Southern New Hampshire University
SNHU has developed a fully-accredited, competency-based learning model that stimulates opportunity. Through the Global Education Movement (GEM), they’re bringing higher education to refugee camps around the world, offering students the opportunity to pursue a US-accredited Bachelor of Arts (B.A.) or Associate of Arts (A.A.) degree at no cost. With seed funding from Audacious to pilot the program, they’re now seeking to scale their solution to 15 countries over the next five years, lowering the cost of the degree and enabling more than 16,000 refugees across 23 sites to improve their futures.
Main photo caption: Saida Aden Siad from Somalia lives in Kakuma Camp, Kenya and is studying towards a US accredited degree at no-cost through SNHU’s GEM program. / TED
In two years, SNHU has expanded GEM to 10 sites in five countries — Rwanda, Lebanon, South Africa, Malawi and Kenya — serving nearly 1,700 individuals, with a rate of less than five percent attrition. And 88 percent of students are employed within six months of graduating.
SNHU quickly pivoted to remote delivery of the program due to the COVID-19 pandemic, ensuring zero interruption in studies. GEM also launched new, fully-virtual sites in Nairobi and Lebanon; scaled its virtual exchange program between students in Lebanon and the US; and graduated the largest class to date.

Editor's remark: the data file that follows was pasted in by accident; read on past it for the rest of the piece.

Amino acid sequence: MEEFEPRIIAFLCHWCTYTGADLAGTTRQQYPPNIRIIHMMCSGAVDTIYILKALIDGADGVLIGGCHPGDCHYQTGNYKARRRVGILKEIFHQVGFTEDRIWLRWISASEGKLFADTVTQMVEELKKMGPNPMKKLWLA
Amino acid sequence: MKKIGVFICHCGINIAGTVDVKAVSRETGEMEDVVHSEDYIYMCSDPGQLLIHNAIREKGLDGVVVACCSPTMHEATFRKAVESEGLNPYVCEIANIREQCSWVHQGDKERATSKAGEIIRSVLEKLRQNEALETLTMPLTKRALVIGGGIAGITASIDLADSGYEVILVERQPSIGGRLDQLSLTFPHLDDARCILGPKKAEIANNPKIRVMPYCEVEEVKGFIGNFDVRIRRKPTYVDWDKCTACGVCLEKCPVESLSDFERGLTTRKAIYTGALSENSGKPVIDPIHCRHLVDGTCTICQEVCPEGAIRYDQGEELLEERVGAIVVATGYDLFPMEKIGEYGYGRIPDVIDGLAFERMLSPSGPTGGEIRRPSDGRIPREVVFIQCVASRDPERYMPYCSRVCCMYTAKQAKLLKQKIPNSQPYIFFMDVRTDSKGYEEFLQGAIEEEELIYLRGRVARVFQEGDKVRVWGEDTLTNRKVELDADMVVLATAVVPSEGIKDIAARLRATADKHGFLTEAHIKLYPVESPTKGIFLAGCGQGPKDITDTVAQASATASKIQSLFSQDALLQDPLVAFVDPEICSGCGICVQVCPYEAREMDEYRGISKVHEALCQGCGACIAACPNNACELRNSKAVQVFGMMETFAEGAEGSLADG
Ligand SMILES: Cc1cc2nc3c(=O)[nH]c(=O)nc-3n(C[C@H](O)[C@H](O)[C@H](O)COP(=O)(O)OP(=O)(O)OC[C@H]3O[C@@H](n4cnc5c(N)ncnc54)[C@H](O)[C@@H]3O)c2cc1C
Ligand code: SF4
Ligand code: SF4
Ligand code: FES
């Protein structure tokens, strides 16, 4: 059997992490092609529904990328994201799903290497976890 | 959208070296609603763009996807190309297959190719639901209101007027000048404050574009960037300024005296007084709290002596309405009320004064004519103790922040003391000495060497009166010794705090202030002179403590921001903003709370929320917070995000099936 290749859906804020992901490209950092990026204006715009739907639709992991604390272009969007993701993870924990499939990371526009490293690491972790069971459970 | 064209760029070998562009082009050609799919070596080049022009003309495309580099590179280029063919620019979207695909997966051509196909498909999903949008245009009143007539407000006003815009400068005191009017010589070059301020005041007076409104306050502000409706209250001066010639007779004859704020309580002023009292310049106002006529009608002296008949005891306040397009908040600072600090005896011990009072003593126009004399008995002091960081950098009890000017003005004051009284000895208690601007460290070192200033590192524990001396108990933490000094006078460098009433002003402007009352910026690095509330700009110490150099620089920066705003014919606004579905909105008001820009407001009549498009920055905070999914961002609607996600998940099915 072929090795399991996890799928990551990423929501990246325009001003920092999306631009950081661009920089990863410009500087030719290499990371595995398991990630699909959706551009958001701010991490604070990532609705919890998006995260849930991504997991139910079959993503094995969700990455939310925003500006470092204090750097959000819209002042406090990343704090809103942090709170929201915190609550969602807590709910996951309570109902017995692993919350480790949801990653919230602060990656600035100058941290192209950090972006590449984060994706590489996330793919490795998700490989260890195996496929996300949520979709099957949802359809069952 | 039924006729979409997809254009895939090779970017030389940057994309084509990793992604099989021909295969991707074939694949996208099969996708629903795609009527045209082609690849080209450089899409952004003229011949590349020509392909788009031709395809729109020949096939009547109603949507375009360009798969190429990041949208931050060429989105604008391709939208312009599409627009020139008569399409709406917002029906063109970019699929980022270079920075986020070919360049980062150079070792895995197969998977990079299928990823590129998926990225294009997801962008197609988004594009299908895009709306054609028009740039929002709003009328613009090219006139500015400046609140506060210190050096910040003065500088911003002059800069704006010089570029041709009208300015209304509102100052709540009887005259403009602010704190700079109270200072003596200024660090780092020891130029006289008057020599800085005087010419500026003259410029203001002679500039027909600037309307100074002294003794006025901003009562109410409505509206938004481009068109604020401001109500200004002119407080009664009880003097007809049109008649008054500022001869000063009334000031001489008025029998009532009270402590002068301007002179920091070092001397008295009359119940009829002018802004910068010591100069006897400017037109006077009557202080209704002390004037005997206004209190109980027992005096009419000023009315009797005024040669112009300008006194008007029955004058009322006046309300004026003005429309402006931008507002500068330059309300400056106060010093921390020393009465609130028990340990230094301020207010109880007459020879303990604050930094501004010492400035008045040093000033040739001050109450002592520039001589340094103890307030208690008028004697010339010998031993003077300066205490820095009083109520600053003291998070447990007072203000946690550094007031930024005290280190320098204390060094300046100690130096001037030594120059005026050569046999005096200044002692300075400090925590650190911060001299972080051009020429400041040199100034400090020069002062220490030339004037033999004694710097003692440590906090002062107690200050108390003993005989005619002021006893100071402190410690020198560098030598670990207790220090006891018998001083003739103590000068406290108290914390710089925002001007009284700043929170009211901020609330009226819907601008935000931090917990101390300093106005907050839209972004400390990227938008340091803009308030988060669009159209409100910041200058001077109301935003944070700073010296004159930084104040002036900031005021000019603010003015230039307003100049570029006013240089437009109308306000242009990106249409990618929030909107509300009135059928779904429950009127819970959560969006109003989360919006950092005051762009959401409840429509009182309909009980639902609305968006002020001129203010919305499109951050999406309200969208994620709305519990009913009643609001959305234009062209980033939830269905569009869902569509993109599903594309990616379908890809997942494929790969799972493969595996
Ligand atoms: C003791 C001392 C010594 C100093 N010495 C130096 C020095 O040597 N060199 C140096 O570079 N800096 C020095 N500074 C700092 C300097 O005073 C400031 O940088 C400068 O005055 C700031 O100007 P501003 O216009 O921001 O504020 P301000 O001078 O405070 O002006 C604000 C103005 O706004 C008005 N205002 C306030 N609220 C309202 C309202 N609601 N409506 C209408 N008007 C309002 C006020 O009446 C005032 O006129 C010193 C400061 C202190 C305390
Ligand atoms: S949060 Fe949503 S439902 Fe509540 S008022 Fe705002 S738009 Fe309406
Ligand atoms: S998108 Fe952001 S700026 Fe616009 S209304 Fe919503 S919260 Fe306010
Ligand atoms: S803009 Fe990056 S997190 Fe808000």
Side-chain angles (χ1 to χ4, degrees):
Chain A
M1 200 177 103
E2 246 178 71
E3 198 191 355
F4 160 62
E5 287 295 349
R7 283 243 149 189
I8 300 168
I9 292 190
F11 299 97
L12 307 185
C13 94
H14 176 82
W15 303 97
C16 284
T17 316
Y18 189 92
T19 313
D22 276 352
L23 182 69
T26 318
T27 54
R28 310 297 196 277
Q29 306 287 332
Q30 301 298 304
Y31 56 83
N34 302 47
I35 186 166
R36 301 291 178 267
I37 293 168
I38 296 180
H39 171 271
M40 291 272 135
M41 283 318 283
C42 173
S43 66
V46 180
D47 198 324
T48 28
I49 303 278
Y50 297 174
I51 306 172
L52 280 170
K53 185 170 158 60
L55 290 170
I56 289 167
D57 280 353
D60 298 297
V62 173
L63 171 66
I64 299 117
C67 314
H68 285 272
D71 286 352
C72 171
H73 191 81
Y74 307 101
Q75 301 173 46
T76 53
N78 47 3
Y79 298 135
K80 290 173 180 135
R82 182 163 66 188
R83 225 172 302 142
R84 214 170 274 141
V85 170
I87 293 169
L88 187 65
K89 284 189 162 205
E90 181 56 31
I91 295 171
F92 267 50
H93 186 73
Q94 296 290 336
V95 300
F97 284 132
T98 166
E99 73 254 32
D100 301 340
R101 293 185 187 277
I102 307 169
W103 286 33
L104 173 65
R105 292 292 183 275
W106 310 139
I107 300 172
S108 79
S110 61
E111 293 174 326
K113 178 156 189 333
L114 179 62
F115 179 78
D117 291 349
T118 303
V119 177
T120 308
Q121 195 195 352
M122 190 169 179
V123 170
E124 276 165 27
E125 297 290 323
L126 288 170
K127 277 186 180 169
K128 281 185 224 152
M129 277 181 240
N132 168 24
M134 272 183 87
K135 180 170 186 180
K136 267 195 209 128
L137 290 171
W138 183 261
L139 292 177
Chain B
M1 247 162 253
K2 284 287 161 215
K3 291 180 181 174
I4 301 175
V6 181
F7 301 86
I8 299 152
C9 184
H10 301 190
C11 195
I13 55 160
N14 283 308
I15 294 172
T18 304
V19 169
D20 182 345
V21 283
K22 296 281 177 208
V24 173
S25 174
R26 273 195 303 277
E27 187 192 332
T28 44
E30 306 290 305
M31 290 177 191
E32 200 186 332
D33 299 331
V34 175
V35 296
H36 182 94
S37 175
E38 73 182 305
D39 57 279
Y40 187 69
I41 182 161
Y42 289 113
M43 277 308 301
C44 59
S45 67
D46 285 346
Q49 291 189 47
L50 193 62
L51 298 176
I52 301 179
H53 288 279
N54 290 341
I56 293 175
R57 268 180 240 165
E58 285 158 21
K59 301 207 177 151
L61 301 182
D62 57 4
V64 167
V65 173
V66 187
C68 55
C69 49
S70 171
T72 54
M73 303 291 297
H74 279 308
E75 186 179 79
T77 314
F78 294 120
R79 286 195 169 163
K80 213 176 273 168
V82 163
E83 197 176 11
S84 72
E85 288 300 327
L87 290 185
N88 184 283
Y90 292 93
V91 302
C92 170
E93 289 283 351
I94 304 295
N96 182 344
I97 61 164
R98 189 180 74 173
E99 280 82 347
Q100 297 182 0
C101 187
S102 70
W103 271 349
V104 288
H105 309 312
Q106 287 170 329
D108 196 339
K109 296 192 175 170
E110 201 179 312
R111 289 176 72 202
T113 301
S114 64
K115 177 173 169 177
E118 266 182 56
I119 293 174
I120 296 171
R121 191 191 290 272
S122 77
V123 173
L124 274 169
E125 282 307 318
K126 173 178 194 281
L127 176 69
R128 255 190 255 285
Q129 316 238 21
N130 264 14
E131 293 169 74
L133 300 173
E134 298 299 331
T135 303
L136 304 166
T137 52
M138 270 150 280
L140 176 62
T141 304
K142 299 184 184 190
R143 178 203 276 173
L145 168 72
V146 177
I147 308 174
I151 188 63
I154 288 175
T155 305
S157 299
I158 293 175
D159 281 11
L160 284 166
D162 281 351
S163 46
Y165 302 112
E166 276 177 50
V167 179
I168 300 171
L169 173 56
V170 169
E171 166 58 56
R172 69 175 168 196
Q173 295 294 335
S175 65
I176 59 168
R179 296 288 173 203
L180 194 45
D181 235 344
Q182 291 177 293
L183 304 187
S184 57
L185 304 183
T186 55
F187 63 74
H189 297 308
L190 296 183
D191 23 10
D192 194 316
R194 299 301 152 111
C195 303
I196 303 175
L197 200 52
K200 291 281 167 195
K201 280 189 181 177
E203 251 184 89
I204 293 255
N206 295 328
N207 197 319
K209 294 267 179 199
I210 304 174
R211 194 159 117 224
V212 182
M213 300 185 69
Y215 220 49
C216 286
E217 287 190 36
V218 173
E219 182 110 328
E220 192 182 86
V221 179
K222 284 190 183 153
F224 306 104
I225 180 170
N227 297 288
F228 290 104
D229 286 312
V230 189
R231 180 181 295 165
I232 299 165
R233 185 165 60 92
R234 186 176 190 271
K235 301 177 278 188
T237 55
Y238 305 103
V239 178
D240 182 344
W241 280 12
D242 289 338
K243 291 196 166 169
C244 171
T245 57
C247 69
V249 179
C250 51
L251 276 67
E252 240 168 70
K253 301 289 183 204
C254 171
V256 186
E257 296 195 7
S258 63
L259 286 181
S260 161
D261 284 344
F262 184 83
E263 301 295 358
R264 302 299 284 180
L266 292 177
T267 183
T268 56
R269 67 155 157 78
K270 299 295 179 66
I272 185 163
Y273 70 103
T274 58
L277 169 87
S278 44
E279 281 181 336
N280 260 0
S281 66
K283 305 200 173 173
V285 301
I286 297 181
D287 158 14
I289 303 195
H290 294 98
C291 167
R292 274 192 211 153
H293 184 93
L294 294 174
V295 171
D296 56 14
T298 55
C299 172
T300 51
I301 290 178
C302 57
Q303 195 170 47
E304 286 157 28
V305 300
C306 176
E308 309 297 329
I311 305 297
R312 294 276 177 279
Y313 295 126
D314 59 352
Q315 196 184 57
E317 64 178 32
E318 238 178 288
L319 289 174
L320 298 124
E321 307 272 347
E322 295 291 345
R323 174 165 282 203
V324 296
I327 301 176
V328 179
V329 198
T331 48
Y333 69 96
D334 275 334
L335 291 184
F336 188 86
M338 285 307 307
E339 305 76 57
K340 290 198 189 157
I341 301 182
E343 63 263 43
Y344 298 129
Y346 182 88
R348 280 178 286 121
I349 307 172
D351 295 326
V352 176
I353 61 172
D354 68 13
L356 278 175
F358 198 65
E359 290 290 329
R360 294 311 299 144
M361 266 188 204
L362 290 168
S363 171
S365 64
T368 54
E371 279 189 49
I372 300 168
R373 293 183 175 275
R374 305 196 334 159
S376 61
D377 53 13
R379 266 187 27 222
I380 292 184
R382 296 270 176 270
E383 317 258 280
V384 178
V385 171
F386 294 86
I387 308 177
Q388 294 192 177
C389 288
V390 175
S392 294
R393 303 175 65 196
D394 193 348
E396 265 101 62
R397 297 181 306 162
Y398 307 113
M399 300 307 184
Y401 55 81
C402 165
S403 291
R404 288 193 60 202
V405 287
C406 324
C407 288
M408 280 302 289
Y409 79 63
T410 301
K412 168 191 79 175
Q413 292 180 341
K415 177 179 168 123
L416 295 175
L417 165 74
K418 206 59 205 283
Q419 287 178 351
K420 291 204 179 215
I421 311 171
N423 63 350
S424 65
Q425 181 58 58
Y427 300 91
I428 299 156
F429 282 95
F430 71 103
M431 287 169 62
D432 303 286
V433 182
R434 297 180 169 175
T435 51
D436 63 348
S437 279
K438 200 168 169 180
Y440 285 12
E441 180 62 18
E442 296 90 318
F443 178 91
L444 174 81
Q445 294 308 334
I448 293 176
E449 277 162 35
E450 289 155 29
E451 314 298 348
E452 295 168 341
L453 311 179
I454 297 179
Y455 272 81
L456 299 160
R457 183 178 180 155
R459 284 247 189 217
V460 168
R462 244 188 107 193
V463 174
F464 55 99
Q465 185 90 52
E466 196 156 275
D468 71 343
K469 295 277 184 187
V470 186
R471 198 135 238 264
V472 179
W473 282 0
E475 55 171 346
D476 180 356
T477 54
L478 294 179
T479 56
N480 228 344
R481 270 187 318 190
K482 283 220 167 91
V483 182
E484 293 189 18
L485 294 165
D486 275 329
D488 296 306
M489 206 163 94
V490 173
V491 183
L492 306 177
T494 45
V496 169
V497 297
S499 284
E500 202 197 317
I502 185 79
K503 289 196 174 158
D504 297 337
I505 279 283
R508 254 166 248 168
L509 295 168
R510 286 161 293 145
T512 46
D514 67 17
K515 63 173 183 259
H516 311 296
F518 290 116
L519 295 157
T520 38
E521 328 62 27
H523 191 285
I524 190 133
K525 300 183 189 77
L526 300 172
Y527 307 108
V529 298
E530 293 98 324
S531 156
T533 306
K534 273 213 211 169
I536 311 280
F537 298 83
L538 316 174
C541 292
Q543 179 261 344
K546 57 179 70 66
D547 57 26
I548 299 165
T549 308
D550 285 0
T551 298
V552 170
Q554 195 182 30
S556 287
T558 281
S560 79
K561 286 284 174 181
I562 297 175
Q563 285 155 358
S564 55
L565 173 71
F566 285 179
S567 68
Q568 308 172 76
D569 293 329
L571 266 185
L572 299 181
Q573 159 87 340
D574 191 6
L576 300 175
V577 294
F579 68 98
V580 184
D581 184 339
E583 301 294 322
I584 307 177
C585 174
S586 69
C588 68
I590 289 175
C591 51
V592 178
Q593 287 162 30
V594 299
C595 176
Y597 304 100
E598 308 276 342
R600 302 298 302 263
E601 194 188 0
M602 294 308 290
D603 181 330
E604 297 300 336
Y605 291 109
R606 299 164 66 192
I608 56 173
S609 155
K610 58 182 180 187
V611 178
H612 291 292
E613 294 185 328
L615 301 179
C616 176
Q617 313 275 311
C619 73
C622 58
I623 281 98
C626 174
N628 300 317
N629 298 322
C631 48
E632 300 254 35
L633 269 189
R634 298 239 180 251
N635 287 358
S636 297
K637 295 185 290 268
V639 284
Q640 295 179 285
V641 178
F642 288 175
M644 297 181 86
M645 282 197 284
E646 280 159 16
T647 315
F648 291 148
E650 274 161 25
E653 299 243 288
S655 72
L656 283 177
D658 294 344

SNHU GEM students and alumni are now rising as leaders in their communities. This year, graduates helped construct a World Bank-funded entrepreneurship and coding training center in Malawi’s Dzaleka Refugee Camp; oversaw a community technology center providing emergency support to women in Cape Town, South Africa; and in Kenya, created Kakuma Refugee Camp’s first commercial factory, which has been critical in distributing soap during the camp’s COVID response.
“Our students live in close-quartered refugee camps and urban areas and experienced some of the strictest quarantines in the world. In this context, we quickly transitioned to a blended learning model that offered in-person supports online across five countries. Students emerged as community leaders at the frontlines of community upliftment and COVID response.”